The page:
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Ole Ahlberg

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Artwolfsen is, via Galerie Wolfsen, the main gallery for Ole Ahlberg, which is why we have the largest selection of his oil paintings, sculptures and giclée prints. Ole Ahlberg (born in 1949) has a unique profile in Danish contemporary art. In his technically well-executed clair obscur oil paintings the Tintin character has become known and loved for his surprising erotic experiences on the canvas of Ahlberg’s works. During the last few decades Ole Ahlberg has become internationally recognised for these paintings, which are characterised by their level of detail and artistic perfection as well as containing a strong contrast between the youth and innocence of the cartoon journalist and the scantily dressed women he is being portrayed with.

The cartoon character Tintin is the embodiment of goodness and purity, but in Ole Ahlberg’s art a different and less traditional side of the beloved character is revealed: a voyeur who either observes or, almost involuntarily, gets involved in various erotic situations. The contrast between the cartoon universe and the intriguing eroticism and nakedness entices the viewer and causes us to ask questions. Why does innocence find itself in these erotic situations? Did he get into them unintentionally? Did he deliberately pursue them? And what are we supposed to think about what we see? This is how Ole Ahlberg provokes us with his images while showcasing his equilibristic talent as an oil painter, who would be able to paint anything but chooses to paint Tintin. He uses difficult techniques necessary for his ultra-precise and realistic imagery and especially his paintings containing naked human bodies are almost like photographs. The lighting is of great importance when creating light and dark scenes. The Tintin paintings are often very dark and sinister, perhaps because the drama occurs in dimmed bedrooms, but also because Ole Ahlberg’s style is inspired by the great baroque masters of clair obscur. Ole Ahlberg’s artistic inspirations is firmly rooted in the Danish and international surrealism, but he adds his own twists and turns.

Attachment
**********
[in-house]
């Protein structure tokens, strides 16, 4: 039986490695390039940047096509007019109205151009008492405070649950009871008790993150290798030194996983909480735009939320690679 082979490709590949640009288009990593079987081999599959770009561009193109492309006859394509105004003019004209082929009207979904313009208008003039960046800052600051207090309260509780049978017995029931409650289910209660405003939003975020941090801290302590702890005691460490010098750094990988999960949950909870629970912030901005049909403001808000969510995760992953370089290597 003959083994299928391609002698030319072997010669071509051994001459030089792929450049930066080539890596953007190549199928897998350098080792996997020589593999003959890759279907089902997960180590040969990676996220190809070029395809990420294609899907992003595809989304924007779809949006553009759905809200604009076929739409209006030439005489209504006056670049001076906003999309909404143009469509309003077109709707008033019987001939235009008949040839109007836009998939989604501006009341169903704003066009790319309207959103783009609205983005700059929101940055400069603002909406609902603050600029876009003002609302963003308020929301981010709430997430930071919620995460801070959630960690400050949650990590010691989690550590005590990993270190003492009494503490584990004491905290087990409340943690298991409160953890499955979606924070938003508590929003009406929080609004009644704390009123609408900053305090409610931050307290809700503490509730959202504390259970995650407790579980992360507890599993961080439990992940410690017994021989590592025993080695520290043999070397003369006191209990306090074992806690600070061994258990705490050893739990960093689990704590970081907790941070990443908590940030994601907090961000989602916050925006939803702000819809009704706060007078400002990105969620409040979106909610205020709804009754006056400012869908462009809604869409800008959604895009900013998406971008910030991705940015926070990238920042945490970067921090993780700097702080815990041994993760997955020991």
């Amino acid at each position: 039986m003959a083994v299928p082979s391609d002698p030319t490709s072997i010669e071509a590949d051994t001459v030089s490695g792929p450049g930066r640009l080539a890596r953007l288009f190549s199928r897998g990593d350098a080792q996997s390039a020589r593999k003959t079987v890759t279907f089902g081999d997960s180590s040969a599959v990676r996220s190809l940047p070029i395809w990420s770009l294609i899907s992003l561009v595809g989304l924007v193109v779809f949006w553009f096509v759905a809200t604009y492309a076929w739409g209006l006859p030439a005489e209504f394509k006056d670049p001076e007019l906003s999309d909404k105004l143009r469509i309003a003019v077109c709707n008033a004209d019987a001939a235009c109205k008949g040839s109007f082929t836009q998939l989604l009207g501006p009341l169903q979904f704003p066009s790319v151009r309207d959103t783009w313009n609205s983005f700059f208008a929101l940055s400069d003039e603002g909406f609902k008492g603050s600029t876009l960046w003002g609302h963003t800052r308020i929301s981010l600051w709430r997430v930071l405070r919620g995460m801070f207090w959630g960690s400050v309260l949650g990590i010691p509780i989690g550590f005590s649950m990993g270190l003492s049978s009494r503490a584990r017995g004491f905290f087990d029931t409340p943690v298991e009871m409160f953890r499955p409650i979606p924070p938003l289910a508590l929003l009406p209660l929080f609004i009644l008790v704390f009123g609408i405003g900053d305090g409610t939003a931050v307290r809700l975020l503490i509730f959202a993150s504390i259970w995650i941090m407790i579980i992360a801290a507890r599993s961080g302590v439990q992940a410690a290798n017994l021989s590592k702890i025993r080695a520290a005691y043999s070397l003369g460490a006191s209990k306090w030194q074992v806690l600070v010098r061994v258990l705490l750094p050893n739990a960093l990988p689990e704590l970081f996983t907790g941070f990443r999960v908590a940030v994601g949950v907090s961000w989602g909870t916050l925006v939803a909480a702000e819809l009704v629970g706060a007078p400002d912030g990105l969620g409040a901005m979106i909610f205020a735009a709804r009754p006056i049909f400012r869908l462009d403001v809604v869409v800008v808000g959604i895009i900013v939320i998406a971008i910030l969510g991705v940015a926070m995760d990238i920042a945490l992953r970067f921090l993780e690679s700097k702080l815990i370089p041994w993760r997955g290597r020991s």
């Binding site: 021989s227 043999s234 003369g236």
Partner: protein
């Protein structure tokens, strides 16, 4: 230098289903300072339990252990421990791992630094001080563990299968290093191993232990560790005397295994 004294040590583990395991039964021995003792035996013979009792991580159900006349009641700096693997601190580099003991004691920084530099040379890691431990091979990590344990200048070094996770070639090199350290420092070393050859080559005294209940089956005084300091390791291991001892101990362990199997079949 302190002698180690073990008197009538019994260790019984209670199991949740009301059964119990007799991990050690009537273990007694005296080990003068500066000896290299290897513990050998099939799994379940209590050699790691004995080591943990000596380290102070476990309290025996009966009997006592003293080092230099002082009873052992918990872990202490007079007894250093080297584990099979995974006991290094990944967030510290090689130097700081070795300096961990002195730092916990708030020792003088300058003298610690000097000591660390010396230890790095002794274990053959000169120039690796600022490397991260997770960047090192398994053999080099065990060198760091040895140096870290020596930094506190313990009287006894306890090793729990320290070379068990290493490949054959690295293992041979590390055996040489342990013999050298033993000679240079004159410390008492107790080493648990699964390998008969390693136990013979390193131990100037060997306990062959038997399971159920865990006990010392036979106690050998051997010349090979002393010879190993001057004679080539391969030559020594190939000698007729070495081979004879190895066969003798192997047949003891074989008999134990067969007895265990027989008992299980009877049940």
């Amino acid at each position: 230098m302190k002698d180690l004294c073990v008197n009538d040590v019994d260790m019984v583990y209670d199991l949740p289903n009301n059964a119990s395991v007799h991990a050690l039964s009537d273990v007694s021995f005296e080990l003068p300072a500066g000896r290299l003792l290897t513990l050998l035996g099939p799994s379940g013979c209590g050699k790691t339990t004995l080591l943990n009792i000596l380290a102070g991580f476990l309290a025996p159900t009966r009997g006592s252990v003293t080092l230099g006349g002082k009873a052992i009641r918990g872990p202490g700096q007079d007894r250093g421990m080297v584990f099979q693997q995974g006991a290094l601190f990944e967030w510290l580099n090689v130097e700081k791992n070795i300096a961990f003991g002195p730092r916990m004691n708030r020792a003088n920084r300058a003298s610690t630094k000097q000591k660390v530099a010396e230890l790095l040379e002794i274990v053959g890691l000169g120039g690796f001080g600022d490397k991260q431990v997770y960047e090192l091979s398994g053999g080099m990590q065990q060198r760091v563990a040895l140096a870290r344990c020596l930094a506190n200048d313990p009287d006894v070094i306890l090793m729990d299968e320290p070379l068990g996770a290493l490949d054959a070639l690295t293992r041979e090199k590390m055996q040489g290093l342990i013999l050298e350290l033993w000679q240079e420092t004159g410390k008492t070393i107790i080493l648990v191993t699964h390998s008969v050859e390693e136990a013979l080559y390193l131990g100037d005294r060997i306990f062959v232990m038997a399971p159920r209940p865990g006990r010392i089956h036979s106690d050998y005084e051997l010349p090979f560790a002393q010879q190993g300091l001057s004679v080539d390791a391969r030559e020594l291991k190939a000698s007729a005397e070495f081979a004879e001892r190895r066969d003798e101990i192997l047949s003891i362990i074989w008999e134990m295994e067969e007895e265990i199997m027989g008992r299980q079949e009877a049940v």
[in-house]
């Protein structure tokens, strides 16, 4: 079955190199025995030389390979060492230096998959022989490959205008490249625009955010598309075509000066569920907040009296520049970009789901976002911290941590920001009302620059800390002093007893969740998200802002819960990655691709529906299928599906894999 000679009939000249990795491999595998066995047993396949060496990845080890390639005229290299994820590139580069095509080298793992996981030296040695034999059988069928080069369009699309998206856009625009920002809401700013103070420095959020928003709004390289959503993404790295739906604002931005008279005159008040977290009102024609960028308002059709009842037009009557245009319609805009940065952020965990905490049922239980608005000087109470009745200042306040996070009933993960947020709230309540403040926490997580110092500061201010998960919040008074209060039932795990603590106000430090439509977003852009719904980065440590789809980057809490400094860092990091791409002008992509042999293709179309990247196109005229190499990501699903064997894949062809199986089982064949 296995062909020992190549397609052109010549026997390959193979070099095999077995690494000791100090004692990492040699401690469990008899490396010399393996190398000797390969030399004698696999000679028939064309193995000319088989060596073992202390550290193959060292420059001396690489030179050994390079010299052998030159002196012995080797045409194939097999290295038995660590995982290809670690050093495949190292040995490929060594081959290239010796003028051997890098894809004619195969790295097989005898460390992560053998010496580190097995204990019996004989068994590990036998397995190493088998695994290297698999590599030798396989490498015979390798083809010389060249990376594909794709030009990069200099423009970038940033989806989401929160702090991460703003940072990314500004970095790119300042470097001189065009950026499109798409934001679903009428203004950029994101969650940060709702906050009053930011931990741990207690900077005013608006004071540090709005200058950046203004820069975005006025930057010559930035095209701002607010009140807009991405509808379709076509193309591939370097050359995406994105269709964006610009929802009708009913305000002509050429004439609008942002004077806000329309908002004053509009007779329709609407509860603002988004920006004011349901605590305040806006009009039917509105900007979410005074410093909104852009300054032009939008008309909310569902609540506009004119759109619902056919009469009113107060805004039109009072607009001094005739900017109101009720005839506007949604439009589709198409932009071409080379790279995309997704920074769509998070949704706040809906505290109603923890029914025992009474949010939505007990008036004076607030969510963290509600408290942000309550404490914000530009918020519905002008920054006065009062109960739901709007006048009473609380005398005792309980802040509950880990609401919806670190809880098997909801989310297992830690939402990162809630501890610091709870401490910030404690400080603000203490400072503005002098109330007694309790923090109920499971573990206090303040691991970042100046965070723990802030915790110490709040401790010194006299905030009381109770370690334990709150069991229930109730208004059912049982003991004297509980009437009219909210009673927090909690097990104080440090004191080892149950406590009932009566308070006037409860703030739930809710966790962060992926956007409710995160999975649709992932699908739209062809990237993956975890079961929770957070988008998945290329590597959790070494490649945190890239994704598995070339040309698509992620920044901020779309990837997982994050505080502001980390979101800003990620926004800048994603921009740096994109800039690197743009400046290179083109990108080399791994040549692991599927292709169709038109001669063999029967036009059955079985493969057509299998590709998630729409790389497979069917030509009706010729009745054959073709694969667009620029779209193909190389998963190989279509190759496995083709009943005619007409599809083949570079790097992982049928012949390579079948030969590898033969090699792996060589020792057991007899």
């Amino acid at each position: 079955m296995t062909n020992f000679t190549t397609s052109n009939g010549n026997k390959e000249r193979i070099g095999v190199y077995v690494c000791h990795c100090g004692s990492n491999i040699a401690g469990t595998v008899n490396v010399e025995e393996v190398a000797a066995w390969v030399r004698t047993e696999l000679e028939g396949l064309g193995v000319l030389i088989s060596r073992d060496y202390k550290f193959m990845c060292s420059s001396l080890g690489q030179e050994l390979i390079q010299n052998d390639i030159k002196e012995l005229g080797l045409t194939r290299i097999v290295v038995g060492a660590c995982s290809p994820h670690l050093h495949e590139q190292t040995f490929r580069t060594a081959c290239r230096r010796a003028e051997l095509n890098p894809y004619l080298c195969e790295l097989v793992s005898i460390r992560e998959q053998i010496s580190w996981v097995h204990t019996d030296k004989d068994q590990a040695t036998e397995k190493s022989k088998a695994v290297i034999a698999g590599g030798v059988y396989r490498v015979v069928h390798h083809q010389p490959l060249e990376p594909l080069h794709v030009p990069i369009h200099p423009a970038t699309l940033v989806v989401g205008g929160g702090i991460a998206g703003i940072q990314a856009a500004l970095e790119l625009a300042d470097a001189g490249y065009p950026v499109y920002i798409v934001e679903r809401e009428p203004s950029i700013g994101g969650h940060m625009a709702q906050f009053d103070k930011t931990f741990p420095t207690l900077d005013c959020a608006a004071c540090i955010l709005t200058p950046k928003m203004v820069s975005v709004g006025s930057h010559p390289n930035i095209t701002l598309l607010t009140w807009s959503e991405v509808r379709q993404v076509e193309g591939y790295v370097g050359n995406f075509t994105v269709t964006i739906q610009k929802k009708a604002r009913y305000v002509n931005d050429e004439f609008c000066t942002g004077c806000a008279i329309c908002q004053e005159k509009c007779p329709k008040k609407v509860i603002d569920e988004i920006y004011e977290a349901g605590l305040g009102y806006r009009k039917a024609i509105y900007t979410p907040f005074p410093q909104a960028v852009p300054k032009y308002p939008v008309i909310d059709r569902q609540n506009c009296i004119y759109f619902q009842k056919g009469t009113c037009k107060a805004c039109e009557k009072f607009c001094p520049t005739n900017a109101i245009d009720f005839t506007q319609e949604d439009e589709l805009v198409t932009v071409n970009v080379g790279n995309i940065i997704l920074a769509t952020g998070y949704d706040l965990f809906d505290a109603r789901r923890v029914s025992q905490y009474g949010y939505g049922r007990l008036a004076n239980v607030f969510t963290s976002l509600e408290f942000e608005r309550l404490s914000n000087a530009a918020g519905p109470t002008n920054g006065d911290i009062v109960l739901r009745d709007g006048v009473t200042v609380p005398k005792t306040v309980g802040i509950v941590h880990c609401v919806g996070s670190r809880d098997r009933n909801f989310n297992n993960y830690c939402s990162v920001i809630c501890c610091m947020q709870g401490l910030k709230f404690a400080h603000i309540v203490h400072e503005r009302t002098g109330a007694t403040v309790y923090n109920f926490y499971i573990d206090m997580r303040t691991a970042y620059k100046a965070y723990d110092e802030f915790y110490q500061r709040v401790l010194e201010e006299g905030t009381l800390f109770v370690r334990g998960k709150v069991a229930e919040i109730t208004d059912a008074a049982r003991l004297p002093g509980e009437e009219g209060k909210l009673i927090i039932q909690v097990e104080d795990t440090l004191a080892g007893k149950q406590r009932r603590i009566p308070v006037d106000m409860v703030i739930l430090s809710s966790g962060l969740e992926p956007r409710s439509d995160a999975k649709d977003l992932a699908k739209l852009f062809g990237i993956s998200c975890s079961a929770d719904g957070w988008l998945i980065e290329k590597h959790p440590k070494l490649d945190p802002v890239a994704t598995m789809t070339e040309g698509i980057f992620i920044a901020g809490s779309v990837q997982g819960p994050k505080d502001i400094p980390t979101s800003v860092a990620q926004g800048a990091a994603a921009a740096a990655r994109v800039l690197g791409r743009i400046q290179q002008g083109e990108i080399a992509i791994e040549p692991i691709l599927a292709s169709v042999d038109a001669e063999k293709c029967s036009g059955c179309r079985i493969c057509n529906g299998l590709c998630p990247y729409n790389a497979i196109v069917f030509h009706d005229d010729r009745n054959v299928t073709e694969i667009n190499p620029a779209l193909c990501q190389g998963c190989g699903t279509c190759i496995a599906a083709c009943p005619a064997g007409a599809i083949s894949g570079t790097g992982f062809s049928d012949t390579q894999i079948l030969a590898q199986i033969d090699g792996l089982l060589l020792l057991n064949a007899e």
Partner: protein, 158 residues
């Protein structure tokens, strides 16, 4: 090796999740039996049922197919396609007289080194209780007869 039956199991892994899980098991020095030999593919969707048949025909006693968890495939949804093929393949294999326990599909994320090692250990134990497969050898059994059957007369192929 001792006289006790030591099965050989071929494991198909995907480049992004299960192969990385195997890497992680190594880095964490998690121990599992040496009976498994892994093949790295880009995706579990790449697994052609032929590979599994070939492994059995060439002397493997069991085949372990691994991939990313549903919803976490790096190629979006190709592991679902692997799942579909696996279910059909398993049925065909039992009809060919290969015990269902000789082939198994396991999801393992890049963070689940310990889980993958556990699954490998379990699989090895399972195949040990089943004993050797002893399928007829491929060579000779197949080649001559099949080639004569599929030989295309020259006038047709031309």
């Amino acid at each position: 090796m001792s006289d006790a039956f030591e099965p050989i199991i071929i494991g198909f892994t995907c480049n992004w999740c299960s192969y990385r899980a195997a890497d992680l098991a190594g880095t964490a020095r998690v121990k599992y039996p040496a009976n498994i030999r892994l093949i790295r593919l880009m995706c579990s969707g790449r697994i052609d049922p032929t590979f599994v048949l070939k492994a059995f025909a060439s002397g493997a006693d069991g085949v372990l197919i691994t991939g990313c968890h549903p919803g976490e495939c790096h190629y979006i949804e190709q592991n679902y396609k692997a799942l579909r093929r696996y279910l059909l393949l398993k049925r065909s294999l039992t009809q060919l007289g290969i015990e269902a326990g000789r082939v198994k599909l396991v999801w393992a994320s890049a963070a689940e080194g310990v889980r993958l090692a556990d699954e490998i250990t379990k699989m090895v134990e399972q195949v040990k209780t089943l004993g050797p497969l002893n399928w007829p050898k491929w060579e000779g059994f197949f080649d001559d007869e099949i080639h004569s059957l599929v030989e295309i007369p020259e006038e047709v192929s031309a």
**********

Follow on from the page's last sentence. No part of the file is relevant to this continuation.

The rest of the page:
Not many artists display the patience and talent of Ole Ahlberg; he is in full control when he paints narrowly and precisely to the smallest detail. Nevertheless, Tintin appears perfectly cartoonish and genuinely awkward in the adult universe. Ahlberg is able to melt together two completely different worlds without making it contrived. It is as if Tintin has jumped straight from the pages of the comic books and into the paintings where he is faced with a lewd and unfamiliar world. Thus, the universe created by the artist is one that’s dominated by contrast: The purity and innocence of the untouchable Tintin, every mother-in-law’s dream, inserted into a sexual context where he suddenly becomes a man of flesh and blood who is allowed to follow his instincts surrounded by childhood symbols, such as toys or elements from the comic books (for example, the very phallic rocket). It is possible to see Ole Ahlberg’s paintings as a portrayal of puberty or temptation: The asexual young man being offered the opportunity to pick the forbidden fruit. This extraordinarily virtuous cartoon character is confronted with very real, carnal women dressed in lingerie. With great astonishment, perhaps even outright shock, Tintin gazes at this abundance with an expression, often taken from stories in real comic books, which reveals that he is a complete stranger to eroticism.